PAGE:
QUEBEC — The deputy chief food safety officer for the Canadian Food Inspection Agency says collaboration is key to combating food fraud as science is no longer sufficient to stop the problem.
Aline Dimitri says the issue is becoming more complex and international.
The global food supply chain complicates detection and experts say some of those perpetuating fraud have come up with methods to beat outdated detection systems.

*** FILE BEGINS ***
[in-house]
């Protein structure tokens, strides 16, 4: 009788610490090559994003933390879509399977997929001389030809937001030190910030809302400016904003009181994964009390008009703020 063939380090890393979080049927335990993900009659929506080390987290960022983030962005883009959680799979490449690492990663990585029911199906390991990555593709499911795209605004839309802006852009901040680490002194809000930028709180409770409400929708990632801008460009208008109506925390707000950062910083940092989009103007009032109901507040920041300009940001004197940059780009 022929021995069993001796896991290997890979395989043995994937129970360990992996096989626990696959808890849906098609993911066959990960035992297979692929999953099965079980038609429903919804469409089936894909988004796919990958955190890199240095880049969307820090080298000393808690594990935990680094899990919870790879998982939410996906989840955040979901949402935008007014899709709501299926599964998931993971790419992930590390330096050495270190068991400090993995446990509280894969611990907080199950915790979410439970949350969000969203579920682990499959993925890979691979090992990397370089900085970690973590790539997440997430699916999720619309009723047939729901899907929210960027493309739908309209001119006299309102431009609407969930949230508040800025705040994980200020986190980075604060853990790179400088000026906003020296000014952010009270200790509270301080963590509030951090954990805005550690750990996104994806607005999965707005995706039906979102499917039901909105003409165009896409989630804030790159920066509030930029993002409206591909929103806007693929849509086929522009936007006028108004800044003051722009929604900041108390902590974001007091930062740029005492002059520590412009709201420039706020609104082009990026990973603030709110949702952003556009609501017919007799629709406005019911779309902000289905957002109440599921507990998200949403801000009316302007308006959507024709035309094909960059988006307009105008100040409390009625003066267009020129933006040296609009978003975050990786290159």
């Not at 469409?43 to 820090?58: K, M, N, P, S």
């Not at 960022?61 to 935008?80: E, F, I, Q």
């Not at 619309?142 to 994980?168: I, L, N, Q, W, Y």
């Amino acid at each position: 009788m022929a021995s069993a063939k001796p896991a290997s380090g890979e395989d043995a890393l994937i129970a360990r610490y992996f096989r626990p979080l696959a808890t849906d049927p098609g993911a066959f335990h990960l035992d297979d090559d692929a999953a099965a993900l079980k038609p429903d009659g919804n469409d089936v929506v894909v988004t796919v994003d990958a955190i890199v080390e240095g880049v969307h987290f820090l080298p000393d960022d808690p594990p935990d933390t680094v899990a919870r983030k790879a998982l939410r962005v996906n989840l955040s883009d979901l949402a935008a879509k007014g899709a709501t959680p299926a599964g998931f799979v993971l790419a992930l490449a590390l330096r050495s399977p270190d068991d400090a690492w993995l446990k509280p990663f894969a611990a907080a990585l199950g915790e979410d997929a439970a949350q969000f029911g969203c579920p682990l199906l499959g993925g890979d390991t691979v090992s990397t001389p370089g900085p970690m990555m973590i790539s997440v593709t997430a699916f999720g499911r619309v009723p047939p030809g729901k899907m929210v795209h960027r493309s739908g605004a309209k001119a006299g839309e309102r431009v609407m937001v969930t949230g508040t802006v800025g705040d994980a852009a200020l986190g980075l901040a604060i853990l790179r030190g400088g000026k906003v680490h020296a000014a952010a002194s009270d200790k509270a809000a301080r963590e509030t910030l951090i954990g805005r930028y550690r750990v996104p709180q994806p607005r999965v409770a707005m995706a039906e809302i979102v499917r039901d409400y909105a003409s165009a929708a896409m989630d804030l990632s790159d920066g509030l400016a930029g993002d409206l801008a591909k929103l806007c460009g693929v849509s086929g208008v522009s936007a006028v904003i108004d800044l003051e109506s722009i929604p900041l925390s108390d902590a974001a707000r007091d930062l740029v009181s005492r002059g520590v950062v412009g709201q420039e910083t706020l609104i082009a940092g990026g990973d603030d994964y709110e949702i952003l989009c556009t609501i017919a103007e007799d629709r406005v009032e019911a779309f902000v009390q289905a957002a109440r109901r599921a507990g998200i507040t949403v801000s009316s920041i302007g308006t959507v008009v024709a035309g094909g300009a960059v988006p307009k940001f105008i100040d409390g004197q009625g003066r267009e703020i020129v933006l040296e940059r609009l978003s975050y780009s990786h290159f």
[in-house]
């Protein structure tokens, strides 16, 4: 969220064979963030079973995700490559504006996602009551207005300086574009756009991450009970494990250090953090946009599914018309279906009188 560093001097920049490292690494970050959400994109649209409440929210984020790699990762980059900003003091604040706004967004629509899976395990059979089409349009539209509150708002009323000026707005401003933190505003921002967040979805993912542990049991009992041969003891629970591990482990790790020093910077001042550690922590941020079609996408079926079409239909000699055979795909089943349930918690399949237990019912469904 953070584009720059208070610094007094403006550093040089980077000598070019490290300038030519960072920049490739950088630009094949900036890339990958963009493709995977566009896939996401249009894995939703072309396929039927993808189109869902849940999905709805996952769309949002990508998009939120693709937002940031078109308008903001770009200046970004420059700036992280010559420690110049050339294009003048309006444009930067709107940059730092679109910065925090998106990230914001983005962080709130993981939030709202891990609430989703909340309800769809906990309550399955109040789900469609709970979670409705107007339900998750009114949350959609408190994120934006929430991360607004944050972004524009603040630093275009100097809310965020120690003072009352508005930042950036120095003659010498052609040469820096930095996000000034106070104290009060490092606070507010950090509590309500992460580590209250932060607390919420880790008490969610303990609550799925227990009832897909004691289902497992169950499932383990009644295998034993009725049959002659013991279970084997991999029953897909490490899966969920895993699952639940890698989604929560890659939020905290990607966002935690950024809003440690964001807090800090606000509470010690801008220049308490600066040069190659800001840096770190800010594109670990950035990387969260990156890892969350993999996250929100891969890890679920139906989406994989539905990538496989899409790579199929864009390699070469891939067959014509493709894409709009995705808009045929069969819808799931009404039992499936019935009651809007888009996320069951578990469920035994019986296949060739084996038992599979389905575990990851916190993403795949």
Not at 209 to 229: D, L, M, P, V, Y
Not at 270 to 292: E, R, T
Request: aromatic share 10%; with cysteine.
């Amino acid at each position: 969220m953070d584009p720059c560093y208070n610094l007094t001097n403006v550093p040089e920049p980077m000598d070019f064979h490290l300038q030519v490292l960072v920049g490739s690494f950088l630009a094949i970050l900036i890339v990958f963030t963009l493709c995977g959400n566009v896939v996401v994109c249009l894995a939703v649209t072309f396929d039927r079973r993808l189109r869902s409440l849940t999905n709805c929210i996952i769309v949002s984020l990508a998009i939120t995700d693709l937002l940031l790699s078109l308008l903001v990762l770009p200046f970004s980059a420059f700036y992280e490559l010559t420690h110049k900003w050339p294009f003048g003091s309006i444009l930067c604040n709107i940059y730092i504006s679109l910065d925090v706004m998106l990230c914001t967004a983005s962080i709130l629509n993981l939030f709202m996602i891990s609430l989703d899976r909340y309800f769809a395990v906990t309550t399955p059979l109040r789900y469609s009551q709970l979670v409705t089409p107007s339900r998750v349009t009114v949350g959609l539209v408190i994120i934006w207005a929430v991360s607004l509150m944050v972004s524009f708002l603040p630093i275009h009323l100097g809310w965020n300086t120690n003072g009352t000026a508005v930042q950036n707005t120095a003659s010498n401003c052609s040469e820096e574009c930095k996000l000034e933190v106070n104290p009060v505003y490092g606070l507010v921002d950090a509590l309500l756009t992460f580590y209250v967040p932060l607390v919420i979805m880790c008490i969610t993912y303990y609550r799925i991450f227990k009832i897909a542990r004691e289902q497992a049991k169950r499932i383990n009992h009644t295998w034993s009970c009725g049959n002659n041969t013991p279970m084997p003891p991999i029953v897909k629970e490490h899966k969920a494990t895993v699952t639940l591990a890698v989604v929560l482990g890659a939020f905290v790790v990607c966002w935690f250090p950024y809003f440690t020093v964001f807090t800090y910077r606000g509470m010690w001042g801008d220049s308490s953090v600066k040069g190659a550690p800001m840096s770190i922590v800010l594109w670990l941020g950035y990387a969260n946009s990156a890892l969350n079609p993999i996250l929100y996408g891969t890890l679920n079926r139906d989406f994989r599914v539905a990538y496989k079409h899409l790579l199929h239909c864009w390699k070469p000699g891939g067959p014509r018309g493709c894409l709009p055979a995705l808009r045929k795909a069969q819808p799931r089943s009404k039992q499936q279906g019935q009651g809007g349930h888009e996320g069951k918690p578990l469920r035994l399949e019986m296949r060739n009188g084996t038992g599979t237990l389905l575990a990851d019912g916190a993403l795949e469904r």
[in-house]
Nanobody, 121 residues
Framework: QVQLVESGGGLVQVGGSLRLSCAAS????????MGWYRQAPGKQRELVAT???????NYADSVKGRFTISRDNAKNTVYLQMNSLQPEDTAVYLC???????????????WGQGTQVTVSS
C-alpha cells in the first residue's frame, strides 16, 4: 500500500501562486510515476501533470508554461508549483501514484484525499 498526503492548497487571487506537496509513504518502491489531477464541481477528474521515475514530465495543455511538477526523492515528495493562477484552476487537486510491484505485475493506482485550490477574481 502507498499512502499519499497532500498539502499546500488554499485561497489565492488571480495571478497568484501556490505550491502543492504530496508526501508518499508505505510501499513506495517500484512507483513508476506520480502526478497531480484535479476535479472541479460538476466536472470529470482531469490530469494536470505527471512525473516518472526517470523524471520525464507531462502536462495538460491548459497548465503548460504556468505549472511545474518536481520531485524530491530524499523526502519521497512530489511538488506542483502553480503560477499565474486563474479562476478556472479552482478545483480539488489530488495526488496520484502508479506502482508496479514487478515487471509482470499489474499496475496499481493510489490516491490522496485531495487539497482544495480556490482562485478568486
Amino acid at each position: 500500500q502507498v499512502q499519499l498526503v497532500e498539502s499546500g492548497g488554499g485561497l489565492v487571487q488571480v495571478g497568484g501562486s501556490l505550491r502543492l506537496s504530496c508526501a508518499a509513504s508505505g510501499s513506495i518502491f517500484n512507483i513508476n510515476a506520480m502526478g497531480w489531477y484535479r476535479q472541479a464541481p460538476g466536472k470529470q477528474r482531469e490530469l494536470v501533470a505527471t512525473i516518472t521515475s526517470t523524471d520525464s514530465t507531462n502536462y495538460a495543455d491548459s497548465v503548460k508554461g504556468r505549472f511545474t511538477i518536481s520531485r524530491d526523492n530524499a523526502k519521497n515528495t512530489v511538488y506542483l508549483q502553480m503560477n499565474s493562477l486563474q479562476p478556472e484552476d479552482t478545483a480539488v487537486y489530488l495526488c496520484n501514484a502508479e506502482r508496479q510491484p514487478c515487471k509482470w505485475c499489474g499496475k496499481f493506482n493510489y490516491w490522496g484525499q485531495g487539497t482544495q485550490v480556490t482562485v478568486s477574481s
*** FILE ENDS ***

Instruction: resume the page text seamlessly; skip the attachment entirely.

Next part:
She says that while the CFIA works with universities to develop new methods to help detect fraudulent food products, it’s critical for regulators to collaborate with each other too.
Dimitri made the comments during a panel discussion at a two-day conference in Quebec City on global prevention and mitigation of food fraud.
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